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Author ORCID Identifier

Document Type

Campus-Only Access for Five (5) Years

Degree Name

Doctor of Philosophy (PhD)

Degree Program


Year Degree Awarded


Month Degree Awarded


First Advisor

Mark T. Tuominen

Second Advisor

Donald Candela

Third Advisor

Christian Santangelo

Fourth Advisor

Dhandapani Venkataraman

Subject Categories

Condensed Matter Physics


For decades, magnetism is widely applied in the industry as technologies such as sensors, memories, motors, generators, and others. Since the invention of the giant magnetoresistance effect (GMR) effect and the resulting magnetic read head, which was awarded the 2007 Nobel Prize in Physics to Albert Fert and Peter Grunberg, the study of magnetic-based technology has developed rapidly. There are many advantages to using magnetic-based devices such as high storage capacity, high reliability, cheaper cost, and non-volatility. Thanks to those advantages, magnetic-based devices for example hard disk drives (HDDs) is now widely used in computer memories even compared with solid state disk drives (SSDs) [1]. However, different from SSDs which store data in microchips, HDDs use a fixed read/write head to read information from the mechanically moved magnetic disk, which is slow and energetically inefficient. Such kind of low speed and high power needed consumption is preventing magnetic based devices from further applications.

In my thesis, I will illustrate my study towards resolving these disadvantages, using a newly discovered phenomenon called spintronics. Due to the spin transfer torque between electron spins and lattice in materials such as ferromagnets, the magnetic domains can be driven by injecting a current, via a domain wall (DW) motion. Such property enables the potential applications of DWs in high-speed memory or logic devices. I will first give a summary of the magnetic energy terms which relevant to understanding thin film domain wall behavior. Next, I will give a brief introduction to magnetic energy terms and the motivation and background of my study on magnetic domain walls (DWs). There are two types of transverse DWs, a 180° domain wall (180DW) and a 360° domain wall (360DW). My research will mainly focus on the study of fast and in-situ formation of these two types of DWs, especially 360DWs which have not been well understood previously. In my method, these two types of DWs will be generated by using an external Oersted field, then injecting a current pulse in the transverse current line, and the chirality of DWs is based on the design and control of nanowire geometry. By using this method, not only the reliability is high for application purposes, but also the chirality of the formed 180DW and 360 DW can be well controlled, which is critical in applications as devices.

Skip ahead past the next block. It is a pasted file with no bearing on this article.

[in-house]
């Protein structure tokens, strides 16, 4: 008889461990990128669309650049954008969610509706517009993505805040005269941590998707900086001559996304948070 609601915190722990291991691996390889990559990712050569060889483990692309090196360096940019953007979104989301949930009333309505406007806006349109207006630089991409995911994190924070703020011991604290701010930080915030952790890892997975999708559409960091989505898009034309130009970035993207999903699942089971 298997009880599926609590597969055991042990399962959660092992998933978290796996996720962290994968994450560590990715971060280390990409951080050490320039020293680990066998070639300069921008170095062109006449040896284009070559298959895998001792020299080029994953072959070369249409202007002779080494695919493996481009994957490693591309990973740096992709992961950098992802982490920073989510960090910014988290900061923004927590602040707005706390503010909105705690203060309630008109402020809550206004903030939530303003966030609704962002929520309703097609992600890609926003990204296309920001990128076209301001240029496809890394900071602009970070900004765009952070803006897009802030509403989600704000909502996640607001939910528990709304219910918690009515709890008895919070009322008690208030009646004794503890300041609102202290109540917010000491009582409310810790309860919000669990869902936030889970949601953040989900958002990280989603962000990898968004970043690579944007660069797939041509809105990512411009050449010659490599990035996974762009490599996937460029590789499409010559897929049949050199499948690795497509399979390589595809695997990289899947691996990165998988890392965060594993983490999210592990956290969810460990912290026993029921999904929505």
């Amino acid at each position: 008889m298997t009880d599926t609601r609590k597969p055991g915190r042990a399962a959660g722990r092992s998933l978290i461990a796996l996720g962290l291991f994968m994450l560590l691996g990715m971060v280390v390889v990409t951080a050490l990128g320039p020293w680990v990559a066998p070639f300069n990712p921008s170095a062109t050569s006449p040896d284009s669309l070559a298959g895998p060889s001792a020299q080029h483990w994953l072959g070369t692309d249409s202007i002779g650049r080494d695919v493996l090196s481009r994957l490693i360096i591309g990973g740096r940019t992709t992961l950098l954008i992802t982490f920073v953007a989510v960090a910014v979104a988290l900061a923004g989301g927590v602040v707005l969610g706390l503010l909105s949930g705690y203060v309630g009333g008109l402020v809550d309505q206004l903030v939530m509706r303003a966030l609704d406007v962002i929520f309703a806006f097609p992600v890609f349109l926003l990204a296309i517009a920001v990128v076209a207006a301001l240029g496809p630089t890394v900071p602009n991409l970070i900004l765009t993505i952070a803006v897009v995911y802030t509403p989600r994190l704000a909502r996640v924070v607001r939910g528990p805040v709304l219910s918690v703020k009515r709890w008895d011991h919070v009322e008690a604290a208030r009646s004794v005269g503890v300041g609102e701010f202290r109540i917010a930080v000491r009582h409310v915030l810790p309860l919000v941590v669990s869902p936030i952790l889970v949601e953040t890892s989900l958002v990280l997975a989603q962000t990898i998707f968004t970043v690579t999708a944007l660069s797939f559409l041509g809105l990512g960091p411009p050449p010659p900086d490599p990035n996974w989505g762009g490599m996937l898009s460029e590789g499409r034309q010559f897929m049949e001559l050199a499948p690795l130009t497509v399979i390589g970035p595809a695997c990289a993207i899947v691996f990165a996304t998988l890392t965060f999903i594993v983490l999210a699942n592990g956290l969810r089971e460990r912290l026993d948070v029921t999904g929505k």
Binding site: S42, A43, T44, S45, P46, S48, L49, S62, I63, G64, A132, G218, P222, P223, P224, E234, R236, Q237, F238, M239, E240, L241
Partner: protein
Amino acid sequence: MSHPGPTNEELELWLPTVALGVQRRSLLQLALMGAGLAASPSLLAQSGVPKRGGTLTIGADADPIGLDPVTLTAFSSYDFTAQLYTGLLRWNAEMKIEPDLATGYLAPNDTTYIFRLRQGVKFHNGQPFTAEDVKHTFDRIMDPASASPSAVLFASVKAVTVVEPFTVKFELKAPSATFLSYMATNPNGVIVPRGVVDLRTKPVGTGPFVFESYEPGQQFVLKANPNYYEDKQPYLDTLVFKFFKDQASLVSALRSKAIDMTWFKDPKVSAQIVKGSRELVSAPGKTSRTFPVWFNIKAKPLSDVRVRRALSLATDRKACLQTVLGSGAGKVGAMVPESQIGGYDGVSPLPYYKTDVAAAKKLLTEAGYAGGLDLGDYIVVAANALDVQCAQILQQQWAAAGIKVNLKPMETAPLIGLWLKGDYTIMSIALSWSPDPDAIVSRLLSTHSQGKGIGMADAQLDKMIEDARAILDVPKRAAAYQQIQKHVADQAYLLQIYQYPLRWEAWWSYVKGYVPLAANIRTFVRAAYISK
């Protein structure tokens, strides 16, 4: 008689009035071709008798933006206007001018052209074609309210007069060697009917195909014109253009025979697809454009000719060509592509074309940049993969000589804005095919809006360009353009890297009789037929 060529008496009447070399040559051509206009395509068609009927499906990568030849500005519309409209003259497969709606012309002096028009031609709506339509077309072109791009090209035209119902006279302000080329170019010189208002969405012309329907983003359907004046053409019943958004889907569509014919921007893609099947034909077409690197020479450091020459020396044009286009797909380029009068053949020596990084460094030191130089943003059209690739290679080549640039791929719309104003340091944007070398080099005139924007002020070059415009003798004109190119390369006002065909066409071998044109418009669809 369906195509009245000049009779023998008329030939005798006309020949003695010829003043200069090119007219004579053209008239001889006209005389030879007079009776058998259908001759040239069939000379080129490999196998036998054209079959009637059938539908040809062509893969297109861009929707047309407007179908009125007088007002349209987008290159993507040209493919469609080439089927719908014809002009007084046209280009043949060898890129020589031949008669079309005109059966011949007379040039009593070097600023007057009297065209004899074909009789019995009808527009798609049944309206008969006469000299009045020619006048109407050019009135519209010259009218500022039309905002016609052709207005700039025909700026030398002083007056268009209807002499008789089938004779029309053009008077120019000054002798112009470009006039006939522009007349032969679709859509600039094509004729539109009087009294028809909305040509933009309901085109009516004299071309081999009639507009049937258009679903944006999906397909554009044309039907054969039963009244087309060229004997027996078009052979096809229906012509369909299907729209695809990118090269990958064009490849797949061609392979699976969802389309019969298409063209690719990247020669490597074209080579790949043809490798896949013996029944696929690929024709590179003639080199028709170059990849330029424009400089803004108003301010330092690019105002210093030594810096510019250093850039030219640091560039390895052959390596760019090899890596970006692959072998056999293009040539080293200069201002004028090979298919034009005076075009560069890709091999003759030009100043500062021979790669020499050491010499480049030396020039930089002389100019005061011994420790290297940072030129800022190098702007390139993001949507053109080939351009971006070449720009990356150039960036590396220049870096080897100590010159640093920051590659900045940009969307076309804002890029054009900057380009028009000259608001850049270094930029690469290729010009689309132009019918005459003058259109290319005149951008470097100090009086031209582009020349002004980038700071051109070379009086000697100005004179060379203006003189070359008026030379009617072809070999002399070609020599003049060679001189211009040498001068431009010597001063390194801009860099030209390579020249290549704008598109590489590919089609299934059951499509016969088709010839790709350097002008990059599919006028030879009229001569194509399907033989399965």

After discussing the results of 180/360DWs formation, I will then talk about their dynamics property under the magnetic field or spin current, and further on how the chirality of 180/360DWs will response to geometry effects of the nanowire. Finally, with a combination of DW chirality and topological effects, I have discovered that the trajectory of the DWs can be controlled by the DWs chirality in a well-controlled Y-shape nanowire, which allows us to design a chirality sorter of 180/360DWs using such devices.

My research is implemented mainly by micromagnetic simulations using finite element differentiation methods. The dynamics of magnetization is based on the one-dimensional Landau-Lifshitz-Gilbert (LLG) equations where both magnetic field and spin current will exert torques to magnetic moments. Two different tool kits are used for my simulations, OOMMF and Mumax3. Both of the two tools have their respective advantages and disadvantages and are more appropriate in respective studies, which will be discussed in further detail. I have also compared the results of the two tools.

In the last, I will talk about the experimental study of DW behaviors. I have built a magnetoresistance system that can apply a magnetic field and spin current pulses into the samples and detect the change of sample magnetization by measuring the change of sample resistance. I will show the preliminary results for experimental measurements in the thesis and present my plans for future work.

Available for download on Tuesday, September 01, 2020